Classic Indian dishes like curried vegetables offer a delicious way to get those medicinal powers now being confirmed by science. If you live in a city that boasts Indian takeout, you might think of curry as a hearty dish that's overcooked and greasy. But home-cooked Indian food can be simple, healthful, fresh, and full of intriguing and healing flavors.
Making Indian food can seem intimidating. The sheer number of spices can put you off exploring this delicious and healthful cuisine. But it's worth persevering. If you're the way I am, you might need a little help discovering the ease and joy of cooking Indian style—which is as accessible as making a stir-fry, but with a few basic techniques and spices that you can find in almost any grocery store.
A Matter of Taste
According to Ruta Kahate, author of 5 Spices, 50 Dishes: Simple Indian Recipes Using Five Common Spices, it helps to start small and keep things simple. Using only five spices, you can create a symphony of flavors in Indian dishes and more. "Turmeric has a musky, earthy aroma and flavor, and there's a huge difference when it's missing," she says. "The other four spices mostly complement it—cumin for its toasty, nutty flavor; coriander [the seeds of a cilantro plant] for its lovely, lemony aroma; cayenne pepper for its heat, but without ever overwhelming a dish; and mustard seed for its ability to deliver a subtle horse-radishy kick to the third eye. They are all you need to create a good foundation in cooking with spices; you can create complex flavors or very simple ones. But once you master a few techniques, you will feel comfortable with spices and be ready to move on to more-complex recipes."
Garland is probably painfully correct when she says, "The spice repertoire of most Americans is so limited—onions, garlic, salt, pepper, and that's about it. Our tastebuds have got to reawaken. To really enjoy our food, we have to taste something other than sweet, salty, and sour. Cooking with spices is an easy way to add another three: bitter (found in turmeric), astringent (found in coriander), and pungent (found in cumin, mustard, and cayenne pepper)."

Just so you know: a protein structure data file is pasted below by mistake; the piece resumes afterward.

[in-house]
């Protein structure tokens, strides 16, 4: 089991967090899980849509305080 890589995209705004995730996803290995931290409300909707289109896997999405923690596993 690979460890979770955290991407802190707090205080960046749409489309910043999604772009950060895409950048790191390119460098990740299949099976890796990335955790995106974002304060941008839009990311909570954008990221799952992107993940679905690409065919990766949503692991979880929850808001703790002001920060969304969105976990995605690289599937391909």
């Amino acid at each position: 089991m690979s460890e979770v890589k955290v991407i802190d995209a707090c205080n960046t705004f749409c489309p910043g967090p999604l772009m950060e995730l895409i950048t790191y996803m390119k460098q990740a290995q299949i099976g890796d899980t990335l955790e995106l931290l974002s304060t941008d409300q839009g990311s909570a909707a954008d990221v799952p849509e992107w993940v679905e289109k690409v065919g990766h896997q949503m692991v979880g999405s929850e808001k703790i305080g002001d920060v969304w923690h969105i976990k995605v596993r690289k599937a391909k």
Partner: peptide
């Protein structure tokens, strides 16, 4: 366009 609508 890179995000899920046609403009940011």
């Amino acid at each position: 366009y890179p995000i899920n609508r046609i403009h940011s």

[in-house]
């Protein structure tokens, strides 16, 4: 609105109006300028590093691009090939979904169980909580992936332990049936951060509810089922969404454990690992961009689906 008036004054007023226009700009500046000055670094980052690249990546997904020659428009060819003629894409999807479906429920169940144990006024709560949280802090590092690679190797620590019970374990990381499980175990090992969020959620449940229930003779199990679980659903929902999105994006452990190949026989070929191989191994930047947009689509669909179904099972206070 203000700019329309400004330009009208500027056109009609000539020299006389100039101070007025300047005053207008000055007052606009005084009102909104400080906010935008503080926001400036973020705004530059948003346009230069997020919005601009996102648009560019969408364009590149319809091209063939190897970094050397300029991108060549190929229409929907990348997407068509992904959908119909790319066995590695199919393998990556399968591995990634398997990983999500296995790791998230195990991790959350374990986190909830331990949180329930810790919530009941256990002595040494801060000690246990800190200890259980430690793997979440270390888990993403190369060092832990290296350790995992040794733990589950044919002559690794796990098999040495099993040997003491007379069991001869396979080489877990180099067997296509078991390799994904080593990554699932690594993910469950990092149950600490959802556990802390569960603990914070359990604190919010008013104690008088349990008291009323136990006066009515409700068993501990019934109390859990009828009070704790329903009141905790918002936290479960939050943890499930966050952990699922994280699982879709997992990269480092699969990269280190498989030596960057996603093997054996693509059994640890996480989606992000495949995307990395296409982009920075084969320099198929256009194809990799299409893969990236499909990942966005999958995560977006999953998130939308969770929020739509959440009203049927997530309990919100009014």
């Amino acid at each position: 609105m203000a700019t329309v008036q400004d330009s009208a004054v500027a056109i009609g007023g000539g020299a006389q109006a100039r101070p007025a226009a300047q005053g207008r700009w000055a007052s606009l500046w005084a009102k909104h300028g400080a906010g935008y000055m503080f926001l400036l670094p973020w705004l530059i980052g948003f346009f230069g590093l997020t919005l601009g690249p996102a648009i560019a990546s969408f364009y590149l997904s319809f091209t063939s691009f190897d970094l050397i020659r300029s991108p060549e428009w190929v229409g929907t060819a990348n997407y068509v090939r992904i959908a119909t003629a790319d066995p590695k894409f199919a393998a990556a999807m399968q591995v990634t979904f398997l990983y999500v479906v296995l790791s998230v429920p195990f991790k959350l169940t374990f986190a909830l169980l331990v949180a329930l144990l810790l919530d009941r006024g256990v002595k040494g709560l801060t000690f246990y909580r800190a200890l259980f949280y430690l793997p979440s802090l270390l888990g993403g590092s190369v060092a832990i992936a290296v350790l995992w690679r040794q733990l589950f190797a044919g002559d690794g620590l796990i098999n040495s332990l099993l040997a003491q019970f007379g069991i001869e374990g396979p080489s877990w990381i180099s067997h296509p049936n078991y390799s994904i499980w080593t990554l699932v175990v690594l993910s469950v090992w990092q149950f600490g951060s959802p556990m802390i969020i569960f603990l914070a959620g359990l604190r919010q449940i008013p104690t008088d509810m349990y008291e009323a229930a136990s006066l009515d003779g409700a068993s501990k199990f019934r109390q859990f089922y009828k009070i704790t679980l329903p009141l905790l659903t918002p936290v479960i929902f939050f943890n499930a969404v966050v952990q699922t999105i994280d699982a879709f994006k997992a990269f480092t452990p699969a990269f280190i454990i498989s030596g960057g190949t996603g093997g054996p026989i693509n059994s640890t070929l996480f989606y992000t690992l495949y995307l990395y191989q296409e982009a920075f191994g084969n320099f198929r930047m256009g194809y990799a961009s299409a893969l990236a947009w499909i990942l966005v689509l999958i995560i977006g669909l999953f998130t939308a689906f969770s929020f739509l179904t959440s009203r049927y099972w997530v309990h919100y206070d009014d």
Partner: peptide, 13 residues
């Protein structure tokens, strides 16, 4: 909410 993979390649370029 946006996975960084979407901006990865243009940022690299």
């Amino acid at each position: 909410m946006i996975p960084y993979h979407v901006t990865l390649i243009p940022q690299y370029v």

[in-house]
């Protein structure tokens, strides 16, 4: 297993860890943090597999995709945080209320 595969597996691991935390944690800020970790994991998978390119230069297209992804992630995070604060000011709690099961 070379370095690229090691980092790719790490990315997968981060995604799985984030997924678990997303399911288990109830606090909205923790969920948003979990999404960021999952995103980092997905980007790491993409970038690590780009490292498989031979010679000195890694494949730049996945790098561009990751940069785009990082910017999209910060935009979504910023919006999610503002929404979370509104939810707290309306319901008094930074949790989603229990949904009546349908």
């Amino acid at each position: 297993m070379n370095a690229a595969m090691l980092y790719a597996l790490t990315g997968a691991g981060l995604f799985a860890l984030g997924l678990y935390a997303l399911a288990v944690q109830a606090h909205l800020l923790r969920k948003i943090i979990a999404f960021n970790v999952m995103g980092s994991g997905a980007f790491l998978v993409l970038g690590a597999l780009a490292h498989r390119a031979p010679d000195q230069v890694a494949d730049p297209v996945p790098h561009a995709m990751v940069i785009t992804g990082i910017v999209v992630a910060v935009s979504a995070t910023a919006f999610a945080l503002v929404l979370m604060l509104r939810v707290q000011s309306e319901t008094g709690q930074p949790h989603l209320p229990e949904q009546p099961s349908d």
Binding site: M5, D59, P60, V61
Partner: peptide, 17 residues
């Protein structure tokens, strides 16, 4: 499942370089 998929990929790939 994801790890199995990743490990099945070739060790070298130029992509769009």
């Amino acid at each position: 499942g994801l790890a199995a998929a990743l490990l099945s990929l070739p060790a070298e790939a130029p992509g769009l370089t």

Out of the Frying Pan
Unfortunately, I had yet to move on from my mustard gas incident. Kahate loves the seeds, and they're integral to some of the most mouthwatering dishes—including butternut squash with green beans in coconut milk curry , which sounded so good that it motivated me to get out my pan and try again.
But first, I had to learn one essential technique: the tadka, or heating of spices in oil to bring out their flavors. Simply throwing dry spices into cooked food won't give you the results that Kahate talks about; in fact, it can leave a dish with a dry, bitter taste. All spices, especially turmeric, must first be warmed in oil to bring out their best flavor. So I began by working with oil that was just smoking in the pan, then adding spices, and giving it my full attention—determined not to repeat the mistakes of my past.
Following Kahate's instructions, I learned three key things about tadka. One, the cooking of the spices happens in mere seconds. Two, have a lid handy; spices pop and spatter like crazy in hot oil. And three, be prepared to start over. It's neither unusual nor a big deal to have to try again. It isn't an irreversible failure (though, it's best not to let things get to mustard gas levels, either).
It took me a few tries to get my tadka just so, and when I did, it was an "Aha!" moment in my Indian cooking endeavors. An even bigger revelation was the first bite, which was simple and earthy, sweet and satisfying—the vegetables transformed by spices I'd cooked just so. What a healthy, delicious reward.
Hillari Dowdle has been an editor at Yoga Journal, Natural Health, and Cooking Light.